BACKGROUND: The Diagnostic and Statistical Manual of Mental Disorders (DSM) system has certain limitations when applied to two South African examples of dissociation, because it is descriptive (non-explanatory) and focuses on intrapsychic (non-communal)processes. Even the existing Western explanatory models of dissociation fail to accommodate fully the communal aspects of dissociation in our South African context.
OBJECTIVES AND METHODS: The aim was to explore an expanded perspective on dissociation that does not limit it to an intrapsychic phenomenon, but that accounts for the interrelatedness of individuals within their social context. Autoethnography was used. In this article a collective, socially orientated, contextual hermeneutic was applied to two local examples of dissociation. Three existing Western models were expanded along multicontextual, collective lines, for them to be more useful in the pluralistic South African context.
RESULTS: This preliminary contextual model of dissociation includes a person's interpersonal, socio-cultural, and spiritual contexts, in addition to the intrapsychic context. Dissociationis considered to be a normal information-processing tool that maintains balanced, coherent selves-in-society, i.e. individuals connected to each other. In the South African context dissociation appears mostly as a normal phenomenon and seldom as a sign of mental illness. Dissociation is pivotal for the normal construction of individual and communal identities in the face of conflicting sets of information from various contexts. Dissociation may help individuals or communities to survive in a world of conflicting messages, where conflict is often interpersonal / cultural / societal in nature, rather than primarily intrapsychic.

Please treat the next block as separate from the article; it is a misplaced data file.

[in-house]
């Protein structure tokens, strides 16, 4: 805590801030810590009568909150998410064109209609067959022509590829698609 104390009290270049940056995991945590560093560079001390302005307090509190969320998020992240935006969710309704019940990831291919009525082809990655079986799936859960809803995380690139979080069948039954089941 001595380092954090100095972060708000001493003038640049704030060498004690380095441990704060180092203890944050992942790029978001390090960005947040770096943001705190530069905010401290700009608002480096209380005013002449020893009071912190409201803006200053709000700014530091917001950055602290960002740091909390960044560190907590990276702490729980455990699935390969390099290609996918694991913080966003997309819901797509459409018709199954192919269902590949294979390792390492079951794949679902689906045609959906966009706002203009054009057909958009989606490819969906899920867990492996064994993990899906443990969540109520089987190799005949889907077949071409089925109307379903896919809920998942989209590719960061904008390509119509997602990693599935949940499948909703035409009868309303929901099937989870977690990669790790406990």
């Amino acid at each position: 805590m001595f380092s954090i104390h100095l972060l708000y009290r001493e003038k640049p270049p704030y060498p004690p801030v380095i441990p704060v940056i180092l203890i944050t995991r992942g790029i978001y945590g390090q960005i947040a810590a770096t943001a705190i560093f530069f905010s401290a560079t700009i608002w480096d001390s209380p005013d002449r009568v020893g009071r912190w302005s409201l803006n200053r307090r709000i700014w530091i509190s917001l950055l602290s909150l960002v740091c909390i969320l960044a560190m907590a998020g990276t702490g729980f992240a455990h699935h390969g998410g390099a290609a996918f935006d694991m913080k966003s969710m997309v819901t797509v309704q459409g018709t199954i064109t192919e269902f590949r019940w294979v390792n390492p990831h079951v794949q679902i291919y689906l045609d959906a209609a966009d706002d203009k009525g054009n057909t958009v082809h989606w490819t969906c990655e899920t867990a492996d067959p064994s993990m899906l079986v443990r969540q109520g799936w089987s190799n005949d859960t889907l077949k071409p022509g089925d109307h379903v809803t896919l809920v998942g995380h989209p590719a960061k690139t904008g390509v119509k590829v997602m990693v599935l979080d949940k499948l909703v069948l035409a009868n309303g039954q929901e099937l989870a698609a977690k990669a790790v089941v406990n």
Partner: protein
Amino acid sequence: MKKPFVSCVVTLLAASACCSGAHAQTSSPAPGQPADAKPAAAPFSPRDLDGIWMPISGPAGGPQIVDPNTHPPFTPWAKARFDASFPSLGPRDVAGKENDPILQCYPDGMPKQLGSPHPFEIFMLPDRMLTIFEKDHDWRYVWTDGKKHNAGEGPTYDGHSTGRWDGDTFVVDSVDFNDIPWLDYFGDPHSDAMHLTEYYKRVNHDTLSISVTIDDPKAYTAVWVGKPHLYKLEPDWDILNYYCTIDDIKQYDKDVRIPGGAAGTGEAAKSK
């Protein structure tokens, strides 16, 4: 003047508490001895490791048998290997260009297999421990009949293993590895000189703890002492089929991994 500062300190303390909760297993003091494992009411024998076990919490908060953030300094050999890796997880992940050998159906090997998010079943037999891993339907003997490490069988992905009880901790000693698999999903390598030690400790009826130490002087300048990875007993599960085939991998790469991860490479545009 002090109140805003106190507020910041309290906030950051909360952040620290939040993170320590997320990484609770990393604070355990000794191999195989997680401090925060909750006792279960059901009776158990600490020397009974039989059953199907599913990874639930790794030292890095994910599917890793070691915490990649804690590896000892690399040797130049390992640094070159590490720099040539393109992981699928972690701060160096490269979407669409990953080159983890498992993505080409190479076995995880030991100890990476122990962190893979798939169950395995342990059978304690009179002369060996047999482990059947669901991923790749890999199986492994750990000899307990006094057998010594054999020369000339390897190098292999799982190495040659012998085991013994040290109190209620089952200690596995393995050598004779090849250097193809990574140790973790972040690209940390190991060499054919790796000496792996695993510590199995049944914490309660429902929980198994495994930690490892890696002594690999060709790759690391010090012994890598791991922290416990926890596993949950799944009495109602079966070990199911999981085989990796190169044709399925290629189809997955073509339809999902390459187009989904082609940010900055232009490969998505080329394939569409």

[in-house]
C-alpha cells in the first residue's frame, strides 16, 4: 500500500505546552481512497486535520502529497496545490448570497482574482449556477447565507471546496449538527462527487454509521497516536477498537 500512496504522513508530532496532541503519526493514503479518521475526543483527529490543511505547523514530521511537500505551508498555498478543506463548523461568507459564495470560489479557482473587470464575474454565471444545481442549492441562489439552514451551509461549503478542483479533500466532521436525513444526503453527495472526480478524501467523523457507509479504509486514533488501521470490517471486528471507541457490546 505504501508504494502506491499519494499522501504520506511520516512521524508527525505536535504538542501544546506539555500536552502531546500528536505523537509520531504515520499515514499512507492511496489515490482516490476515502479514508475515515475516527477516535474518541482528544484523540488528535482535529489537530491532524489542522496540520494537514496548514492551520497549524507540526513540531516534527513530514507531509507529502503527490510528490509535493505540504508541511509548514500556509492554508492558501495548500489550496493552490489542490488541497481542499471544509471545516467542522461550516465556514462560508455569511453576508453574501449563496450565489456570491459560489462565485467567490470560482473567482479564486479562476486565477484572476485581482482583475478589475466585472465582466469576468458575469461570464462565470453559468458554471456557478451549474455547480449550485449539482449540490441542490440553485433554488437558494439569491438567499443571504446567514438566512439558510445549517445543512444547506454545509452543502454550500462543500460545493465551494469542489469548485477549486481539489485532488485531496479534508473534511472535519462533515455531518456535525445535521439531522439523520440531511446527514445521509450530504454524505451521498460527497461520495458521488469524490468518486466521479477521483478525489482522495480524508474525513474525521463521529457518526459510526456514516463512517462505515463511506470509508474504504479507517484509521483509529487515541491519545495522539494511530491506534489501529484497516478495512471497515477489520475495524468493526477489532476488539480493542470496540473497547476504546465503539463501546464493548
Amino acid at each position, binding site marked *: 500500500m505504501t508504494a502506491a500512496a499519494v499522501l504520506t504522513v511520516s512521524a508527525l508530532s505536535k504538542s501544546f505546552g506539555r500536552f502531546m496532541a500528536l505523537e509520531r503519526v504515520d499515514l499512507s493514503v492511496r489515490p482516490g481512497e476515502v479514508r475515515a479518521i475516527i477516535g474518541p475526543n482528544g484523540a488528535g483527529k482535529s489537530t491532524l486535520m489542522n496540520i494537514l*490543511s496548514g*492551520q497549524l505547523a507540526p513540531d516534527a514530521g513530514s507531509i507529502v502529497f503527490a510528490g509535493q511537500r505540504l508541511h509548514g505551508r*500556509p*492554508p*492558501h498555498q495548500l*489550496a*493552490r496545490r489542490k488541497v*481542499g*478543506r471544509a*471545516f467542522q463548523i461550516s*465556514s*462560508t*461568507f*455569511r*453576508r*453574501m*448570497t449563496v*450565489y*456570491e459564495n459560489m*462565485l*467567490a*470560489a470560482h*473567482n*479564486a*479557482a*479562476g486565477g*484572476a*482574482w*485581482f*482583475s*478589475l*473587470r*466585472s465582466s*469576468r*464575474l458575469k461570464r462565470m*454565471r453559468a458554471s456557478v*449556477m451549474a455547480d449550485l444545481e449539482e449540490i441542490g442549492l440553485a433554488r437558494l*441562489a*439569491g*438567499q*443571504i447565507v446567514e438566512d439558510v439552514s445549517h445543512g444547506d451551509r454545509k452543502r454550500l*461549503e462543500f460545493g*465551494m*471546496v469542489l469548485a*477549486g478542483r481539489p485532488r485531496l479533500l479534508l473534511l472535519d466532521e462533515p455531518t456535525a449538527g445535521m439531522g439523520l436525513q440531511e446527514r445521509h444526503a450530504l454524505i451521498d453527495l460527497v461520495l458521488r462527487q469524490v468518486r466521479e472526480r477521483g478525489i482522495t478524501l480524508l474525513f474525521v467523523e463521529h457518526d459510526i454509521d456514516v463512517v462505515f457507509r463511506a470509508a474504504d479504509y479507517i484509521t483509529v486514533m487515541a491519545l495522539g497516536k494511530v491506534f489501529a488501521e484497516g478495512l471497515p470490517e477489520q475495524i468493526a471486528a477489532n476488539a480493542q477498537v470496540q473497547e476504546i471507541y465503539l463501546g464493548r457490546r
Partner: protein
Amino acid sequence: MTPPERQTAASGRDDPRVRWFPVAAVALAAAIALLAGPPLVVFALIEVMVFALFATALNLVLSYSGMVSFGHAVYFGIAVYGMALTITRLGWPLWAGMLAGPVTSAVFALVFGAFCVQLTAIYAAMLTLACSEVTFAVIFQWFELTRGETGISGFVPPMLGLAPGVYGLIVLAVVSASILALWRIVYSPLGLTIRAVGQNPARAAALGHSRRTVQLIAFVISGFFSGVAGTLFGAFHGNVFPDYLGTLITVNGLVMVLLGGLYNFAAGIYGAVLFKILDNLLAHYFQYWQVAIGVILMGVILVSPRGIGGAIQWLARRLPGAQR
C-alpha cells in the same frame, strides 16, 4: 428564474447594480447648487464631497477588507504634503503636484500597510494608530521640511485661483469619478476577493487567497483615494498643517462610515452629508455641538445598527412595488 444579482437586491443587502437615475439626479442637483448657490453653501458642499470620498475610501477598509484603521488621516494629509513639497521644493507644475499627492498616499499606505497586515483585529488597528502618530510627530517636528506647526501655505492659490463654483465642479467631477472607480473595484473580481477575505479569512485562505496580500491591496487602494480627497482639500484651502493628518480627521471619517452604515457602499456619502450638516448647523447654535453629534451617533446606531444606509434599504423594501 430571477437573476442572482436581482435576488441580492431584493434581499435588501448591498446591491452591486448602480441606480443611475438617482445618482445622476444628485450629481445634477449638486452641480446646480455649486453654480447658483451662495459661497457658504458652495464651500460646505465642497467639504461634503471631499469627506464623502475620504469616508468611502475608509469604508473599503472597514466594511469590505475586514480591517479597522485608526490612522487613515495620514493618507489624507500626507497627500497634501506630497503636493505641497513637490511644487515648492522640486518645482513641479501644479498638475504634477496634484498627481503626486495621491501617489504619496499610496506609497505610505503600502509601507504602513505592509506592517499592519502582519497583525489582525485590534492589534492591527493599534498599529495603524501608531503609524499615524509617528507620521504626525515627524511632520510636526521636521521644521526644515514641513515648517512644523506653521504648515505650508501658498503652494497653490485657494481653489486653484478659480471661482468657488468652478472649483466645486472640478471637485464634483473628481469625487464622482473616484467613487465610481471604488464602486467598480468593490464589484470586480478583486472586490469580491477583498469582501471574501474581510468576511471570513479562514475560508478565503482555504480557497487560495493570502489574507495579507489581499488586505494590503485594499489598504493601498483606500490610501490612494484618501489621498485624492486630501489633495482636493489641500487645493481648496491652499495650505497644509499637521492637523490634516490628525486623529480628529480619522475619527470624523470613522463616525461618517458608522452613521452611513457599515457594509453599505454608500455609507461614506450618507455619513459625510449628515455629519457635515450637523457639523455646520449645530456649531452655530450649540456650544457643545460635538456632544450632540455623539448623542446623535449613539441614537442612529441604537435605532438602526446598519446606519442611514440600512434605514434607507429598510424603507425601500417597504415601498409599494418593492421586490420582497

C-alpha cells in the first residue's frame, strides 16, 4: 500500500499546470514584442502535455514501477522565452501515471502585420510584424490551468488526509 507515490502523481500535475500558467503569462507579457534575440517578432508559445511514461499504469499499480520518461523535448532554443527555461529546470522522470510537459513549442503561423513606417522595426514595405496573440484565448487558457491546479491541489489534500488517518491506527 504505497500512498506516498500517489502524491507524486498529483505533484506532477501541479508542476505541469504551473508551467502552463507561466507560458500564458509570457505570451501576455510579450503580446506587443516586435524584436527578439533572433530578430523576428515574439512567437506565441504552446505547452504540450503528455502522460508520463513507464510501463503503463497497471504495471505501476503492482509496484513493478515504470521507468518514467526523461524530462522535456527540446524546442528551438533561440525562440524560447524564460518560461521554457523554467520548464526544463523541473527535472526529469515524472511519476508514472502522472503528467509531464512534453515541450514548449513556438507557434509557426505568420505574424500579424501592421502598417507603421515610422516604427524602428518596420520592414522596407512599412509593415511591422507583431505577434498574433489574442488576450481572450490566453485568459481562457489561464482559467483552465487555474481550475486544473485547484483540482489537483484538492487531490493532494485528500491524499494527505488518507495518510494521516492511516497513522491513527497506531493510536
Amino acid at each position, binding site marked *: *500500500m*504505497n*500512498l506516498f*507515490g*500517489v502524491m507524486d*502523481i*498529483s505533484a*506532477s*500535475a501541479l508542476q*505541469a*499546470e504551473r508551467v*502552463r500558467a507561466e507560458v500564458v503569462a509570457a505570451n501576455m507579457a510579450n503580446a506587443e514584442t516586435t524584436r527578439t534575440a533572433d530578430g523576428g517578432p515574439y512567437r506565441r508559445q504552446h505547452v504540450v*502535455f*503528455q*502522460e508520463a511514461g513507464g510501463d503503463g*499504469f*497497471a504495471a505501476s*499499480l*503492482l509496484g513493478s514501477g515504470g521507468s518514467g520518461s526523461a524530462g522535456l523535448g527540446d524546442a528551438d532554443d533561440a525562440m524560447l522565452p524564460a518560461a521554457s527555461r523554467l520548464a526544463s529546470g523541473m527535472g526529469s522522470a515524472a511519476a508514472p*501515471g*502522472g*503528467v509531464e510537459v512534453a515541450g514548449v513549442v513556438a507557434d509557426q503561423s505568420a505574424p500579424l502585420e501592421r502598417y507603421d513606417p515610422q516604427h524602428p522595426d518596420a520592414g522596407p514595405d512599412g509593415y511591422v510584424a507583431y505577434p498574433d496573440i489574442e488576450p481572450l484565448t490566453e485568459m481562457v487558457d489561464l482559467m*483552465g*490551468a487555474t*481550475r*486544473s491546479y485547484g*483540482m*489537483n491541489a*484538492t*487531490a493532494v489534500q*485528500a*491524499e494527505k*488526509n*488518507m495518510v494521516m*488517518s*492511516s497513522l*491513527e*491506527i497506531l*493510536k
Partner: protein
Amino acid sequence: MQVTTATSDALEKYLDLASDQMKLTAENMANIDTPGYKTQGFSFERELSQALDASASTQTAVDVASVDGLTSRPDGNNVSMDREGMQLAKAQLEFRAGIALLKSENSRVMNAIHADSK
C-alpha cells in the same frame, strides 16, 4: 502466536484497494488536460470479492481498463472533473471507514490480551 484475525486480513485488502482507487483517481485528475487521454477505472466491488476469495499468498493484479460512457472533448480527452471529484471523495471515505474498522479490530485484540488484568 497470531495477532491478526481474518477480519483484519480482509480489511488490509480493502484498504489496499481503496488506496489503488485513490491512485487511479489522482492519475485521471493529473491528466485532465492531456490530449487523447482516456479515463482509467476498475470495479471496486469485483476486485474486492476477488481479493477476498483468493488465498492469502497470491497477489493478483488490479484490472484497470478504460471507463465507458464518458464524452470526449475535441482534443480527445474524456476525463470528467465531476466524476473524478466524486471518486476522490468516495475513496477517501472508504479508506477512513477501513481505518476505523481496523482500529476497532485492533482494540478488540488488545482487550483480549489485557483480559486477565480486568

CONCLUSIONS: This model should be developed and evaluated further. Such evaluation would require suitable new local terminology.